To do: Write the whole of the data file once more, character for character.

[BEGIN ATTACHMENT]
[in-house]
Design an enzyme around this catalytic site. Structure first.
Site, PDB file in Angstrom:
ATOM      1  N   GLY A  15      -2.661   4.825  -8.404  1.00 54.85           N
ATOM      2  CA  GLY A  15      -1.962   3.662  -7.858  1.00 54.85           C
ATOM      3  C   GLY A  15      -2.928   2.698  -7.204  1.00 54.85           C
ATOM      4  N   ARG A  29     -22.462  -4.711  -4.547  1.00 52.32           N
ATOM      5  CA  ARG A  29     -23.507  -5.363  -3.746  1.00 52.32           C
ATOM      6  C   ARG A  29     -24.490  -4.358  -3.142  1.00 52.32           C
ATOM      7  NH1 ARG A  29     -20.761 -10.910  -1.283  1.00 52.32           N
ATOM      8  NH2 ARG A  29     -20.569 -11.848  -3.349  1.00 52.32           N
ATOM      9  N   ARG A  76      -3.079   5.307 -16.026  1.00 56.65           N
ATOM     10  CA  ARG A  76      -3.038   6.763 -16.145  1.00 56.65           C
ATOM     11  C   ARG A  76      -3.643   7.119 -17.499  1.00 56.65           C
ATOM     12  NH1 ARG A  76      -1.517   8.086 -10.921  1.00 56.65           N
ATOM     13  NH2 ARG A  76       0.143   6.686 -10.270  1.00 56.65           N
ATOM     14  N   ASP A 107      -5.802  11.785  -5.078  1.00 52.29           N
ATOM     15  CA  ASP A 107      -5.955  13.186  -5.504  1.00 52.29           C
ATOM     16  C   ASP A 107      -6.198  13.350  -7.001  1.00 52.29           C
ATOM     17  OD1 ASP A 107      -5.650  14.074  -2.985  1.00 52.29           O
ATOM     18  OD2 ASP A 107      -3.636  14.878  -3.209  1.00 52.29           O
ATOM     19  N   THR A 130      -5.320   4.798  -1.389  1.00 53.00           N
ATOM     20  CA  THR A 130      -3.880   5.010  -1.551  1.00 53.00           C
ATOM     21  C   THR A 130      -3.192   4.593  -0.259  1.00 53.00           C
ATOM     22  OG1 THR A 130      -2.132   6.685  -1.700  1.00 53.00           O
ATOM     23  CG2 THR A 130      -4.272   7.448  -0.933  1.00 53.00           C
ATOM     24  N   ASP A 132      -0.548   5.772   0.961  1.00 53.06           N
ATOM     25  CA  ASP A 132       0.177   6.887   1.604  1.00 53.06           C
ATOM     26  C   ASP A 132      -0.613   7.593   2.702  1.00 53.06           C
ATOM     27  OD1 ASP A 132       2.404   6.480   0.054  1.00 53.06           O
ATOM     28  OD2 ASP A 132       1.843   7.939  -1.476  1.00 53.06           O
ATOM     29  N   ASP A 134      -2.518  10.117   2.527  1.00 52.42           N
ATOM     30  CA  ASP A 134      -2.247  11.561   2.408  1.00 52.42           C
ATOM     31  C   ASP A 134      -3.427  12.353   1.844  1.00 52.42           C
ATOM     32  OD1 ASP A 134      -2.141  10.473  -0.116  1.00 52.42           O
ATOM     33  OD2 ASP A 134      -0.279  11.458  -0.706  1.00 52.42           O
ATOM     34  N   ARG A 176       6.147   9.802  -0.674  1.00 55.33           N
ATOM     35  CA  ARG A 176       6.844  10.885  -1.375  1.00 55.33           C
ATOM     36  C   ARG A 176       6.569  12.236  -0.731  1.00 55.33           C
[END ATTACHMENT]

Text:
[in-house]
Design an enzyme around this catalytic site. Structure first.
Site, PDB file in Angstrom:
ATOM      1  N   GLY A  15      -2.661   4.825  -8.404  1.00 54.85           N
ATOM      2  CA  GLY A  15      -1.962   3.662  -7.858  1.00 54.85           C
ATOM      3  C   GLY A  15      -2.928   2.698  -7.204  1.00 54.85           C
ATOM      4  N   ARG A  29     -22.462  -4.711  -4.547  1.00 52.32           N
ATOM      5  CA  ARG A  29     -23.507  -5.363  -3.746  1.00 52.32           C
ATOM      6  C   ARG A  29     -24.490  -4.358  -3.142  1.00 52.32           C
ATOM      7  NH1 ARG A  29     -20.761 -10.910  -1.283  1.00 52.32           N
ATOM      8  NH2 ARG A  29     -20.569 -11.848  -3.349  1.00 52.32           N
ATOM      9  N   ARG A  76      -3.079   5.307 -16.026  1.00 56.65           N
ATOM     10  CA  ARG A  76      -3.038   6.763 -16.145  1.00 56.65           C
ATOM     11  C   ARG A  76      -3.643   7.119 -17.499  1.00 56.65           C
ATOM     12  NH1 ARG A  76      -1.517   8.086 -10.921  1.00 56.65           N
ATOM     13  NH2 ARG A  76       0.143   6.686 -10.270  1.00 56.65           N
ATOM     14  N   ASP A 107      -5.802  11.785  -5.078  1.00 52.29           N
ATOM     15  CA  ASP A 107      -5.955  13.186  -5.504  1.00 52.29           C
ATOM     16  C   ASP A 107      -6.198  13.350  -7.001  1.00 52.29           C
ATOM     17  OD1 ASP A 107      -5.650  14.074  -2.985  1.00 52.29           O
ATOM     18  OD2 ASP A 107      -3.636  14.878  -3.209  1.00 52.29           O
ATOM     19  N   THR A 130      -5.320   4.798  -1.389  1.00 53.00           N
ATOM     20  CA  THR A 130      -3.880   5.010  -1.551  1.00 53.00           C
ATOM     21  C   THR A 130      -3.192   4.593  -0.259  1.00 53.00           C
ATOM     22  OG1 THR A 130      -2.132   6.685  -1.700  1.00 53.00           O
ATOM     23  CG2 THR A 130      -4.272   7.448  -0.933  1.00 53.00           C
ATOM     24  N   ASP A 132      -0.548   5.772   0.961  1.00 53.06           N
ATOM     25  CA  ASP A 132       0.177   6.887   1.604  1.00 53.06           C
ATOM     26  C   ASP A 132      -0.613   7.593   2.702  1.00 53.06           C
ATOM     27  OD1 ASP A 132       2.404   6.480   0.054  1.00 53.06           O
ATOM     28  OD2 ASP A 132       1.843   7.939  -1.476  1.00 53.06           O
ATOM     29  N   ASP A 134      -2.518  10.117   2.527  1.00 52.42           N
ATOM     30  CA  ASP A 134      -2.247  11.561   2.408  1.00 52.42           C
ATOM     31  C   ASP A 134      -3.427  12.353   1.844  1.00 52.42           C
ATOM     32  OD1 ASP A 134      -2.141  10.473  -0.116  1.00 52.42           O
ATOM     33  OD2 ASP A 134      -0.279  11.458  -0.706  1.00 52.42           O
ATOM     34  N   ARG A 176       6.147   9.802  -0.674  1.00 55.33           N
ATOM     35  CA  ARG A 176       6.844  10.885  -1.375  1.00 55.33           C
ATOM     36  C   ARG A 176       6.569  12.236  -0.731  1.00 55.33           C